The flop shot can be one of the most challenging golf shots to master! In some respects, you need to forget many of the things that you were taught about a proper golf swing in order to perform this type of shot.
The main reason why learning the flop shot is important is because it will allow you to hit the ball high over obstacles and land soft on the green. This shot can come in handy around the green when you are trying to hit over a sand trap, or if you simply don't want to put a lot of spin on the ball. If you are accurate, you can land the ball very close the the pin, and hopefully, it will stay put.
There are a few key things that you need to analyze before you try this shot. They are your lie, how far you want to hit the ball, and how high you want to hit the ball. Obviously, it will be much more difficult to hit the ball high, and with control, out of the deep rough than it will be from the fairway.
Depending on the lie, you make have to alter the amount of force that you produce with your swing in order to get the intended result. A ball that is in the rough, but propped up on grass, likely will not need as much power as a ball that is buried in deep grass.
Also, it is very important that you attempt this shot with a high lofted club such as a lob wedge. A loft of 60 degrees or more would be recommended for a true flop shot.
-At setup, you need to establish an open stance. Meaning, if you are right handed, your feet should be aiming to the left of your target. This stance is typical for normal chip and pitch shots as the open stance allows you to more effectively rotate your trunk at contact and the follow through.
-As with regular chip and pitch shots, the ball should be played from around the middle of your stance.
-Your club face should be open at address. If you are right handed, the face of the club should be pointing to the right. This also will "flatten" the club face so that you can get under the ball and launch it high into the air.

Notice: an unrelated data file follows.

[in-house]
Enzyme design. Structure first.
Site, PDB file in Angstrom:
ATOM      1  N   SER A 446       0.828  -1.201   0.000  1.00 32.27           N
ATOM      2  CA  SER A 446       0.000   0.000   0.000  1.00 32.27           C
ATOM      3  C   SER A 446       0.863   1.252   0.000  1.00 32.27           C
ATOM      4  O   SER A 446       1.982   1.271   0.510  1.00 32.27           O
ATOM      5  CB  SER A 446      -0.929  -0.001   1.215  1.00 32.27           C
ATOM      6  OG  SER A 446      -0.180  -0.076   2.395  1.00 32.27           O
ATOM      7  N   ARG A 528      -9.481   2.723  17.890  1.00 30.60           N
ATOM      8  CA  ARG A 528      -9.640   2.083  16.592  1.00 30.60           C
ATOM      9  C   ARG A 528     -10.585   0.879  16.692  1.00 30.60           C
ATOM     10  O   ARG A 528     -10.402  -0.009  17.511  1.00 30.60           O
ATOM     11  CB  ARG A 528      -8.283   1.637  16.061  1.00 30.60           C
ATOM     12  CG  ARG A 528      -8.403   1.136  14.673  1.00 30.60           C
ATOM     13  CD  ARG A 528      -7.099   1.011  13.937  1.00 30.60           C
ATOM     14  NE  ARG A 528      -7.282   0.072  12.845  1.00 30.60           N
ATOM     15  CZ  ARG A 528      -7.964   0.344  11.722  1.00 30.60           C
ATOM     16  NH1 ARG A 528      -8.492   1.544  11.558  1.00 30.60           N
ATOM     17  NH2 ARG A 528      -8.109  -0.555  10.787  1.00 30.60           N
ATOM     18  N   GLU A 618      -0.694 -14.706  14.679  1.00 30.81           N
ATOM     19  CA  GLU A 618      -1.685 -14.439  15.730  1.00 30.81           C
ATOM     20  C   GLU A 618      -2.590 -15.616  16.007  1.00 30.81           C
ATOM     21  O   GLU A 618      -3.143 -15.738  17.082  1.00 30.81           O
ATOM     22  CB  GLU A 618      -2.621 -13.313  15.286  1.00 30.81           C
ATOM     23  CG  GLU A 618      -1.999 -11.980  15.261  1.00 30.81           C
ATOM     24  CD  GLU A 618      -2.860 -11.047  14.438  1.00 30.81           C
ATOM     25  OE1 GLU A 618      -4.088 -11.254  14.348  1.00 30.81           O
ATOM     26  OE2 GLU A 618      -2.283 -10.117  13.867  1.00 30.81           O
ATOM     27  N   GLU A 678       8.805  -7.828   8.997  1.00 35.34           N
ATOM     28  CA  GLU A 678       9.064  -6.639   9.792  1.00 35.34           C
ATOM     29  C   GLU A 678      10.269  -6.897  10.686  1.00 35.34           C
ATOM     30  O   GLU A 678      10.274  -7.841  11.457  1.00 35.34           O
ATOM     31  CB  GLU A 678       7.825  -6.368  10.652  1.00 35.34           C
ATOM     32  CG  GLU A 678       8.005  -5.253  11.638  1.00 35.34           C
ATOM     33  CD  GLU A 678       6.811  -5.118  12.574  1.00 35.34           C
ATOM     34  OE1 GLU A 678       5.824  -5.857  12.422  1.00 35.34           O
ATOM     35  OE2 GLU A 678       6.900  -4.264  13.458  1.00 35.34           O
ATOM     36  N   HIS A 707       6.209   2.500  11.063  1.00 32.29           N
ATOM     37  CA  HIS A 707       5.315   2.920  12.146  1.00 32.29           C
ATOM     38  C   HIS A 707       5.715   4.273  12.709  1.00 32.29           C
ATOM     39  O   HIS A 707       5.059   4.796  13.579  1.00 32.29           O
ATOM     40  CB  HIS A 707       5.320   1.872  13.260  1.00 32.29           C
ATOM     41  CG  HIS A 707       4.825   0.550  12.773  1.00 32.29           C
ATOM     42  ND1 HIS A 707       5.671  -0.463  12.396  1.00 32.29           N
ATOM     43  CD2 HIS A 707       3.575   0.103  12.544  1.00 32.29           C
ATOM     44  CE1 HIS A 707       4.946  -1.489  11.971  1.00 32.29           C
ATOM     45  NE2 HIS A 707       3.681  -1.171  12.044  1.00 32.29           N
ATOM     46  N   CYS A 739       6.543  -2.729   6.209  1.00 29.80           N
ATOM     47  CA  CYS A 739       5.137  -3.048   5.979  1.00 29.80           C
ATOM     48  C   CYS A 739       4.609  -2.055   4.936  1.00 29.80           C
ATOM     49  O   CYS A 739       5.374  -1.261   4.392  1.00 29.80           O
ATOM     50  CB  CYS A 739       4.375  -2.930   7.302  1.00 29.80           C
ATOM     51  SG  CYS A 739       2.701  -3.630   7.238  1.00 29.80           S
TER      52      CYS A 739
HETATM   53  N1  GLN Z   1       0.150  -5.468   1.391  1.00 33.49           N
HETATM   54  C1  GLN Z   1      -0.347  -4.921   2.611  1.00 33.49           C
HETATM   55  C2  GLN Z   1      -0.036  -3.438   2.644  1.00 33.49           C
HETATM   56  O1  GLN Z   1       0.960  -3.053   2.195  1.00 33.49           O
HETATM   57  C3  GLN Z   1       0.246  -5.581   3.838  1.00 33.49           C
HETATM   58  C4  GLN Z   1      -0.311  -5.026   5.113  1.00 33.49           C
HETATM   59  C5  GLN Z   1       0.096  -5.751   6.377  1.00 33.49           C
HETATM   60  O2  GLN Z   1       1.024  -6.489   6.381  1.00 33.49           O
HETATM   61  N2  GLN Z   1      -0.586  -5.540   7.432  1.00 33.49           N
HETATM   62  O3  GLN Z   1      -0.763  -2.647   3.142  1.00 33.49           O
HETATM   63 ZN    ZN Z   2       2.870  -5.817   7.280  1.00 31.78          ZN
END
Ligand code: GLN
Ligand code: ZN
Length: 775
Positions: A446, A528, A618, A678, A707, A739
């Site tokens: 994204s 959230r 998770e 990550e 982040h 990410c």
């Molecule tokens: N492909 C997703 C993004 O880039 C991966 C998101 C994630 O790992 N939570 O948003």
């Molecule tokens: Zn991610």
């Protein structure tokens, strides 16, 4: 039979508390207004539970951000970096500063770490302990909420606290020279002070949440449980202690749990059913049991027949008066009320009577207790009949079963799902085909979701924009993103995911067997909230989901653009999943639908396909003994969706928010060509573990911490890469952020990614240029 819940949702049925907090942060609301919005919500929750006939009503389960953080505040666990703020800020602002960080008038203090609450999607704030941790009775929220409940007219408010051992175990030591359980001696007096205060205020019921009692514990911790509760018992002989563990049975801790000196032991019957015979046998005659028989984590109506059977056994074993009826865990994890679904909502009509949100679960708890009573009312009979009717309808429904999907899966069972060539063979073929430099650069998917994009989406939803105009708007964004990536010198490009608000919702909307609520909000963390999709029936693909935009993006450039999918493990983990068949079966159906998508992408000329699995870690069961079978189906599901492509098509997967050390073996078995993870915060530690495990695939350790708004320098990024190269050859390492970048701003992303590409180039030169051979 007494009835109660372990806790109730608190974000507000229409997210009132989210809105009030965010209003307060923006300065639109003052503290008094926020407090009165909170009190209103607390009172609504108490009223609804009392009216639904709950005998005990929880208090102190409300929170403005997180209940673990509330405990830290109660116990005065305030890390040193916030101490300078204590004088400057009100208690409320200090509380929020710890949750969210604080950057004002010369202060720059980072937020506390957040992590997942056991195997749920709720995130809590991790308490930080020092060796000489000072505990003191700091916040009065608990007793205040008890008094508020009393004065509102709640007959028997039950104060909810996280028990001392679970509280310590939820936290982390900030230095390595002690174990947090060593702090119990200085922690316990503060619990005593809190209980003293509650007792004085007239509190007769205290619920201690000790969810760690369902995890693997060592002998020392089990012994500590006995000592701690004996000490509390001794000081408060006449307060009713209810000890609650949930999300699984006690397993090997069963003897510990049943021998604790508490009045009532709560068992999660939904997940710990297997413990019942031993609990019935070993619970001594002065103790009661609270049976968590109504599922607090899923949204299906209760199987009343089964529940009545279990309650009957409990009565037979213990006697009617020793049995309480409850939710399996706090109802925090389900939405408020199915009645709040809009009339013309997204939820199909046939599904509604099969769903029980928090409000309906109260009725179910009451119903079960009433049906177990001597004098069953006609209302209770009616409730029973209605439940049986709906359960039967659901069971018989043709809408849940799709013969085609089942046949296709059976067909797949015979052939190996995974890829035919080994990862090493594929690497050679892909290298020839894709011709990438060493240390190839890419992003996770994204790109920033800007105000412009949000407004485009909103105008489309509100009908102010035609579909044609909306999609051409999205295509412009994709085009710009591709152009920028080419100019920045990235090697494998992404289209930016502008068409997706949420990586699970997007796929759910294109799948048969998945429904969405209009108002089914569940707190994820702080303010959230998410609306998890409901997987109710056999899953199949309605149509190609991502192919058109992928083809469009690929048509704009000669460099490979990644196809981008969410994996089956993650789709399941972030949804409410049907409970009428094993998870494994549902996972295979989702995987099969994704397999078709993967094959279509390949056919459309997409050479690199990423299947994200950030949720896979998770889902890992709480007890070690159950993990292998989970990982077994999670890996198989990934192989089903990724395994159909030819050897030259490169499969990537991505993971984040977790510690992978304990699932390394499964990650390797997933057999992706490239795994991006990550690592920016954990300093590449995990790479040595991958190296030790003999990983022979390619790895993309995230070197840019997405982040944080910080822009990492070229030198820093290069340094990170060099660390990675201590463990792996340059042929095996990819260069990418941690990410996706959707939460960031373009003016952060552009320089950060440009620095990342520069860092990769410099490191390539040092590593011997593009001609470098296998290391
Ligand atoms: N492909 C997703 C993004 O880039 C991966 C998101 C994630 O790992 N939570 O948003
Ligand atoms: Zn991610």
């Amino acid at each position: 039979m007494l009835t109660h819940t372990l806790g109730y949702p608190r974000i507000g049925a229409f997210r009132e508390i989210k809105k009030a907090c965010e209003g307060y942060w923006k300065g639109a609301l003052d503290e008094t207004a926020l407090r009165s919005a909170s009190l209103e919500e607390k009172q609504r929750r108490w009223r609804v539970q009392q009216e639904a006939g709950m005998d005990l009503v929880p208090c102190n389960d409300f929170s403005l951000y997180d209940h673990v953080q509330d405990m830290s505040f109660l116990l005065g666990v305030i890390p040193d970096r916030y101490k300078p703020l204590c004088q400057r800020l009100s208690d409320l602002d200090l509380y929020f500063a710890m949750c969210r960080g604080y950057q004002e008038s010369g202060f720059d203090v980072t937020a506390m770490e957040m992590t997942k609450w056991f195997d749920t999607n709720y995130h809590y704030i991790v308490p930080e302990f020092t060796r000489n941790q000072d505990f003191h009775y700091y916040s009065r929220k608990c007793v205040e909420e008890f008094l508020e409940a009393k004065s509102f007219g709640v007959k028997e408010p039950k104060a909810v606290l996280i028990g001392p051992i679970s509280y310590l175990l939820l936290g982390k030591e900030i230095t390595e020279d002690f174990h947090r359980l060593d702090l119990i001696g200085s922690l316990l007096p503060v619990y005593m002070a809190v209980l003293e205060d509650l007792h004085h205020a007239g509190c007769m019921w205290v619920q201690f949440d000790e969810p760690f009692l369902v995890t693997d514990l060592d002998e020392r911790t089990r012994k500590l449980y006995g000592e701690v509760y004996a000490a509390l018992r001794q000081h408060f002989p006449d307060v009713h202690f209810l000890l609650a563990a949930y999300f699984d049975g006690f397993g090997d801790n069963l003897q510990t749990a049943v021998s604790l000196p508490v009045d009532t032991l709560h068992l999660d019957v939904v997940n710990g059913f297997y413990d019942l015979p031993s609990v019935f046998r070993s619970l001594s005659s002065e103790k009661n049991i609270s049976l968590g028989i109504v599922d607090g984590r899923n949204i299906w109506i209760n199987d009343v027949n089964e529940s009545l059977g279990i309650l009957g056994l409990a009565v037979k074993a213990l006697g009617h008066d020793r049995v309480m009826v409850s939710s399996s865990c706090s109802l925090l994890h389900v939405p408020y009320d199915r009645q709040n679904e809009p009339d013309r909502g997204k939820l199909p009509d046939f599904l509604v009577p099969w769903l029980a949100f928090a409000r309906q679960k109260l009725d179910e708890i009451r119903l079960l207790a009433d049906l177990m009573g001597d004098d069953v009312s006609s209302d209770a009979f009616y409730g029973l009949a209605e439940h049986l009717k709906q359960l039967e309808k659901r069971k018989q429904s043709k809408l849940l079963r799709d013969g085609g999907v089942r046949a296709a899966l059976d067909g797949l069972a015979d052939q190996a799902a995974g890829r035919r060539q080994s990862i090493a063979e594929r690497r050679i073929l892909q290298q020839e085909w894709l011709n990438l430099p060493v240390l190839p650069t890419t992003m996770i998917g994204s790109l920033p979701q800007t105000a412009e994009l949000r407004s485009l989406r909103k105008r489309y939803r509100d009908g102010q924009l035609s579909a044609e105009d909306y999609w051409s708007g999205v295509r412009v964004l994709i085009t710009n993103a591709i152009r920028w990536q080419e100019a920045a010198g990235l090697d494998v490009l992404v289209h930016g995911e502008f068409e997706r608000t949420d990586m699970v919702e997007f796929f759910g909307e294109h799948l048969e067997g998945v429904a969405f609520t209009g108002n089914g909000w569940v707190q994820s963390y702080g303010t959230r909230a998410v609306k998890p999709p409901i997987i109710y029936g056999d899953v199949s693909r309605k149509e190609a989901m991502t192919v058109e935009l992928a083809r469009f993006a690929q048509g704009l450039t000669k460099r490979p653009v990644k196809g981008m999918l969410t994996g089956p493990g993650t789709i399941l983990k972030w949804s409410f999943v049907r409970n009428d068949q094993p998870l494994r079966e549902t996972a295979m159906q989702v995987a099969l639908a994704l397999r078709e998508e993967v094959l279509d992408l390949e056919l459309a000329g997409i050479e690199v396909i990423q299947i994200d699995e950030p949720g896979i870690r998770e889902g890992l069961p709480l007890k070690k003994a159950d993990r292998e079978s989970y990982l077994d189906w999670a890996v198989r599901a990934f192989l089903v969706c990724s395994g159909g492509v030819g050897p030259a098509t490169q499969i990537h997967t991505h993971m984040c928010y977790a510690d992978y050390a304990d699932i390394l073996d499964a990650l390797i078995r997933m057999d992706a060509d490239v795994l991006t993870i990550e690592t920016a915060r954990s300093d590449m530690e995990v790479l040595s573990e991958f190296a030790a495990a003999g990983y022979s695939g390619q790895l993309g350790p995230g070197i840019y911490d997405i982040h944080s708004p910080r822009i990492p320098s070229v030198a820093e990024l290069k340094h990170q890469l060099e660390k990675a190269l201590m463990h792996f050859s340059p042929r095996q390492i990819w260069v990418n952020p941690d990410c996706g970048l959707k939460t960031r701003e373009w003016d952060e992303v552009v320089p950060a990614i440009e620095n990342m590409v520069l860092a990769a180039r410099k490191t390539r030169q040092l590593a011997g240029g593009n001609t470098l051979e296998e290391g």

-Aim slightly behind the ball, similar to a sand shot, so that your club has the opportunity to travel under the ball.
-When you swing, the path of the club should be along your target line. To the left if you are right handed, to the right if you are left handed.
-The amount of back swing that you will need to take will depend on the factors that I mentioned above: lie, distance, and height. You will likely be taking a larger swing than you would if you were to chip or pitch the ball regularly but the fact that your club face is open will help balance things out by launching the ball in a vertical direction compared to a horizontal direction.
-You want a relatively steep swing in order to pull off this shot, so you will need to cock your wrists early in the swing It also is important to keep your hands and wrists loose throughout the swing. Since you are performing more wrist motion with this type of shot compared to a standard golf swing, stiff wrists will severely limit you ability to get the golf ball high into the air.
-One extremely important tip is that you need to accelerate
through the ball! This will ensure that the ball gets up in to the air.
If you hack at the ball and/or don't follow through completely, your
shot will likely be low and short.
The flop shot can be extremely difficult to master so don't worry if things don't go perfectly immediately. You have to put aside many things that you have learned about the proper golf swing in order to accomplish a good flop. Just keep practicing and you will get it!